Monday, May 20

Hill’s ‘Reunion’ tells simple, powerful story

Hill’s ‘Reunion’ tells simple, powerful story

One-woman show describes relationship of mother, daughter

By Jennifer Richmond

Daily Bruin Senior Staff

One-person shows tend to glorify the actor or actress performing
in them and is often used as a showcase for the actor’s talent.

But not Amy Hill’s "Reunion." She uses her newest one-woman show
to talk about her mother. In fact she doesn’t just talk about her
mother, she plays her in the hour-and-a-half drama and she does so
with a delightful sense of caring and humor.

Opening with the actress waking up and discovering the audience
watching her, Hill takes us on a journey through her mother’s
childhood, some of the funny stories that have happened to her and
some of the trinkets in her house she gets pleasure from.

One such trinket is a little talking clock that doesn’t talk
when it’s supposed to. Or at least it didn’t for this show. An
obvious mistake with the sound, Hill didn’t let the problem bother
her. Instead, she pleaded with the clock to speak, joked with the
audience that maybe it just wasn’t up for talking and finally
thanked it profusely when they got the voice over running.

Even though that scene with the clock wasn’t scripted, it fit
perfectly in the show. Within the rest of the hour Hill has other
amusing moments and scenes that are reminiscent of the opening
scene with the clock. While these are scripted, they have just as
much punch and pleasure as her opening ad lib.

The pleasure comes from Hill’s ability to relate to the audience
and treat them as family. As her mother, Hill opens her arms to
them and just like so many other parents, she willingly tells her
life story to those that are nice enough to listen.

But what makes this show better than others of its kind is that
Hill leaves out the boring unnecessary "then I did this, and then I
did this." She picks out the important stories that explain who her
mother is without going on and on about how she got there.

While there are plenty funny scenes, like her experiences with
Jehovah’s Witnesses, there are plenty of serious moments too ­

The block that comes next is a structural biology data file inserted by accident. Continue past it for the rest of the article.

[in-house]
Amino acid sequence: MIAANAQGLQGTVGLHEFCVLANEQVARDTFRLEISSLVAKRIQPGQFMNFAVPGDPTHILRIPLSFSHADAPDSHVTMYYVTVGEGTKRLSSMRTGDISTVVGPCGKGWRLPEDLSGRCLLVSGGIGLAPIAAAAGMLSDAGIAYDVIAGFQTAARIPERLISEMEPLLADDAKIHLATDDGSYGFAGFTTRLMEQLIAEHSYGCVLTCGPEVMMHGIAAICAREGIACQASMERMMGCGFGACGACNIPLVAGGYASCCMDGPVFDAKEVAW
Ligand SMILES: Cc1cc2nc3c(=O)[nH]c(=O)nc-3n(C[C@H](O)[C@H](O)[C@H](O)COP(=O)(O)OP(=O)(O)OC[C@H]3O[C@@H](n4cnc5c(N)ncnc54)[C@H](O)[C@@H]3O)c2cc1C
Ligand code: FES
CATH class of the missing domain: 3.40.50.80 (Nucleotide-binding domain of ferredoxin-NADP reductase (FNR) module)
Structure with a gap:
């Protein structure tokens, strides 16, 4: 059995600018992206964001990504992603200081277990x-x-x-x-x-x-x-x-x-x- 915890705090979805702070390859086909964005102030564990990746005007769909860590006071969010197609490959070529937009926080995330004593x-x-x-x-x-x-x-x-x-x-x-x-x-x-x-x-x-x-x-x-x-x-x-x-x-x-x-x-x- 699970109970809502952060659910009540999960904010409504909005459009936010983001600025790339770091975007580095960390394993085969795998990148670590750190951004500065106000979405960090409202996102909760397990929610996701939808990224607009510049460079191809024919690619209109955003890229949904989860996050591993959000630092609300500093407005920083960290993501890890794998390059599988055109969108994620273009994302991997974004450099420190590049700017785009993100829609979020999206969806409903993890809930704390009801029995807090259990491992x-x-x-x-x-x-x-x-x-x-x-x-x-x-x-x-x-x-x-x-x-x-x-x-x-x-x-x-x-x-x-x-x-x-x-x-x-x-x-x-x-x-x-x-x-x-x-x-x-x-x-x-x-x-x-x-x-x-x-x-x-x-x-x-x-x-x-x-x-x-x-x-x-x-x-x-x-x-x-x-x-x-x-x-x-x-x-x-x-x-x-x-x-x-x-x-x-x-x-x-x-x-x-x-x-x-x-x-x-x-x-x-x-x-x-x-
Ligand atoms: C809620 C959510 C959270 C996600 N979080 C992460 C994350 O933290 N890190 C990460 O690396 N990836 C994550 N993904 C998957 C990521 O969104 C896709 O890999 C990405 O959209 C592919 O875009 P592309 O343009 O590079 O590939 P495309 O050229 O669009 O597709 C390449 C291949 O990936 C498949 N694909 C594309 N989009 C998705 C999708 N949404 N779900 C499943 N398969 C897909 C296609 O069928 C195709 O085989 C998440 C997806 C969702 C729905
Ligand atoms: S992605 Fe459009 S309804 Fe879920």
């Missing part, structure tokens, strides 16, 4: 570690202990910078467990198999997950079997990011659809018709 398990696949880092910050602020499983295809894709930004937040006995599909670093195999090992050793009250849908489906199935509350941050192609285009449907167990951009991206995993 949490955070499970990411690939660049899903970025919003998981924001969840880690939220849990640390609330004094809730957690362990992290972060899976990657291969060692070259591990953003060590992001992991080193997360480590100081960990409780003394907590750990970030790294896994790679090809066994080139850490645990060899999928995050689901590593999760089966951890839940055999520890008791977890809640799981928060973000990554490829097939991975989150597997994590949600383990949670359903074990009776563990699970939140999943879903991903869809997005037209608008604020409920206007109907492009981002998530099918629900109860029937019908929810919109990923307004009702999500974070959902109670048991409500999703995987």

like when she tells of how her son died because her mother-in-law
wouldn’t let her take him to the hospital.

It’s these touching moments that allow the audience to see
Hill’s mother for who she is. She may have some funny family
stories that make people laugh, but she also feels comfortable
enough to share the bittersweet moments that make us think about
our own lives and our own relationships with our parents and

This is the beauty of Hill’s piece. It doesn’t ask too much of
its audience. It simply lays out the stories and then lets us
choose what to take away, without banging us over our heads with
the "lessons" it’s trying to teach. She doesn’t preach which, in
these types of shows, is so hard to stay away from. Hill just gives
us the facts.

If there’s ever a moment when Hill’s mother gets caught up in a
story that’s not so pleasant, she eases the audience back to the
happier side of things with a funny incident or saying that she
heard. Hill even gets herself in there every so often by referring
to "my daughter Amy."

One particular scene strikes home in which, portraying the
typical nagging mother, she calls Amy, gets her answering machine
and says, "Since you never call me I’ll tell you my story now."
After a few words, she thinks better of it and hangs up. But it’s
these little things that make the show and Hill’s mother

Hill’s mother may do a few things that not everyone can relate
to, but there’s enough in the show that, no matter who you are,
anyone can relate to, understand and adore it.

STAGE: "Reunion." Starring and written by Amy Hill. Directed by
Anne Etue. Running through May 14 at Theatre Geo. Performing Friday
through Sunday at 8 p.m. with a Sunday matinee at 2 p.m. TIX: $20
or $15 with a student ID. For more info call (213) 660-TKTS.

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